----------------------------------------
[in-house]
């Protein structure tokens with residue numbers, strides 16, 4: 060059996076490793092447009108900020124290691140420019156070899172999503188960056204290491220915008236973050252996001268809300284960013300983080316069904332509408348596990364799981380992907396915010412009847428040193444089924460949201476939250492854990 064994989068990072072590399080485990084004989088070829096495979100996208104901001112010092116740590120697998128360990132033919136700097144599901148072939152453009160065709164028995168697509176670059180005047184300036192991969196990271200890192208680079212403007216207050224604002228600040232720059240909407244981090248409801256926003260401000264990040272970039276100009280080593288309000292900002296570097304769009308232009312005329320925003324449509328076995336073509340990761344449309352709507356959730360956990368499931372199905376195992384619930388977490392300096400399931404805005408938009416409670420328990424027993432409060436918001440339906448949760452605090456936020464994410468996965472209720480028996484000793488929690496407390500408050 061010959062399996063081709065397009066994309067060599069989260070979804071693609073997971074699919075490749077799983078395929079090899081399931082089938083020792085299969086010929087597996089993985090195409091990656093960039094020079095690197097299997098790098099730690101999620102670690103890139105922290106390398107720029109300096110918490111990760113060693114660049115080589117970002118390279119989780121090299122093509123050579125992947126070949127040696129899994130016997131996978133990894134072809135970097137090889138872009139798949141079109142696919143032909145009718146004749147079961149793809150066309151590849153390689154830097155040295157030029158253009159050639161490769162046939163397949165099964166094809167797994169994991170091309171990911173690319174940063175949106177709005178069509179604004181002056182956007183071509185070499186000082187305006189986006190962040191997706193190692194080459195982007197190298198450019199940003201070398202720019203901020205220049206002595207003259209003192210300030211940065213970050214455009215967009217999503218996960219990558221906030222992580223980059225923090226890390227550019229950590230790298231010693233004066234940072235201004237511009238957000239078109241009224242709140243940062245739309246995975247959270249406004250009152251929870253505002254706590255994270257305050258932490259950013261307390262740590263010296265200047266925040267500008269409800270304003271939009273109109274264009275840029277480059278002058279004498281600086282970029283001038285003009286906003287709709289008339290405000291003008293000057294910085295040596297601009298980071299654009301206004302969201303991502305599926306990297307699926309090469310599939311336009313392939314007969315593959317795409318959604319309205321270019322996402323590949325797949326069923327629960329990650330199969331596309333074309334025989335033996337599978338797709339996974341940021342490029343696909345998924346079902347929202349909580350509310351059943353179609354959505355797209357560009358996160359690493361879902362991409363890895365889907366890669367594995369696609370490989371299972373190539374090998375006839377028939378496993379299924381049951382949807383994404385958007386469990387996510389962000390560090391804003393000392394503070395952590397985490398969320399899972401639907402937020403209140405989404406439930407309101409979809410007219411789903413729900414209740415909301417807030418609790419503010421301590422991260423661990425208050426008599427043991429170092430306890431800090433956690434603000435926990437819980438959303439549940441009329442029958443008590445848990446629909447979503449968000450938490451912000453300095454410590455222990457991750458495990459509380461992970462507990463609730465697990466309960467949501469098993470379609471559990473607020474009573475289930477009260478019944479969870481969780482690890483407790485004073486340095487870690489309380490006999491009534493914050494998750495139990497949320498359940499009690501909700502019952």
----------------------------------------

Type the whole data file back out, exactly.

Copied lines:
[in-house]
């Protein structure tokens with residue numbers, strides 16, 4: 060059996076490793092447009108900020124290691140420019156070899172999503188960056204290491220915008236973050252996001268809300284960013300983080316069904332509408348596990364799981380992907396915010412009847428040193444089924460949201476939250492854990 064994989068990072072590399080485990084004989088070829096495979100996208104901001112010092116740590120697998128360990132033919136700097144599901148072939152453009160065709164028995168697509176670059180005047184300036192991969196990271200890192208680079212403007216207050224604002228600040232720059240909407244981090248409801256926003260401000264990040272970039276100009280080593288309000292900002296570097304769009308232009312005329320925003324449509328076995336073509340990761344449309352709507356959730360956990368499931372199905376195992384619930388977490392300096400399931404805005408938009416409670420328990424027993432409060436918001440339906448949760452605090456936020464994410468996965472209720480028996484000793488929690496407390500408050 061010959062399996063081709065397009066994309067060599069989260070979804071693609073997971074699919075490749077799983078395929079090899081399931082089938083020792085299969086010929087597996089993985090195409091990656093960039094020079095690197097299997098790098099730690101999620102670690103890139105922290106390398107720029109300096110918490111990760113060693114660049115080589117970002118390279119989780121090299122093509123050579125992947126070949127040696129899994130016997131996978133990894134072809135970097137090889138872009139798949141079109142696919143032909145009718146004749147079961149793809150066309151590849153390689154830097155040295157030029158253009159050639161490769162046939163397949165099964166094809167797994169994991170091309171990911173690319174940063175949106177709005178069509179604004181002056182956007183071509185070499186000082187305006189986006190962040191997706193190692194080459195982007197190298198450019199940003201070398202720019203901020205220049206002595207003259209003192210300030211940065213970050214455009215967009217999503218996960219990558221906030222992580223980059225923090226890390227550019229950590230790298231010693233004066234940072235201004237511009238957000239078109241009224242709140243940062245739309246995975247959270249406004250009152251929870253505002254706590255994270257305050258932490259950013261307390262740590263010296265200047266925040267500008269409800270304003271939009273109109274264009275840029277480059278002058279004498281600086282970029283001038285003009286906003287709709289008339290405000291003008293000057294910085295040596297601009298980071299654009301206004302969201303991502305599926306990297307699926309090469310599939311336009313392939314007969315593959317795409318959604319309205321270019322996402323590949325797949326069923327629960329990650330199969331596309333074309334025989335033996337599978338797709339996974341940021342490029343696909345998924346079902347929202349909580350509310351059943353179609354959505355797209357560009358996160359690493361879902362991409363890895365889907366890669367594995369696609370490989371299972373190539374090998375006839377028939378496993379299924381049951382949807383994404385958007386469990387996510389962000390560090391804003393000392394503070395952590397985490398969320399899972401639907402937020403209140405989404406439930407309101409979809410007219411789903413729900414209740415909301417807030418609790419503010421301590422991260423661990425208050426008599427043991429170092430306890431800090433956690434603000435926990437819980438959303439549940441009329442029958443008590445848990446629909447979503449968000450938490451912000453300095454410590455222990457991750458495990459509380461992970462507990463609730465697990466309960467949501469098993470379609471559990473607020474009573475289930477009260478019944479969870481969780482690890483407790485004073486340095487870690489309380490006999491009534493914050494998750495139990497949320498359940499009690501909700502019952």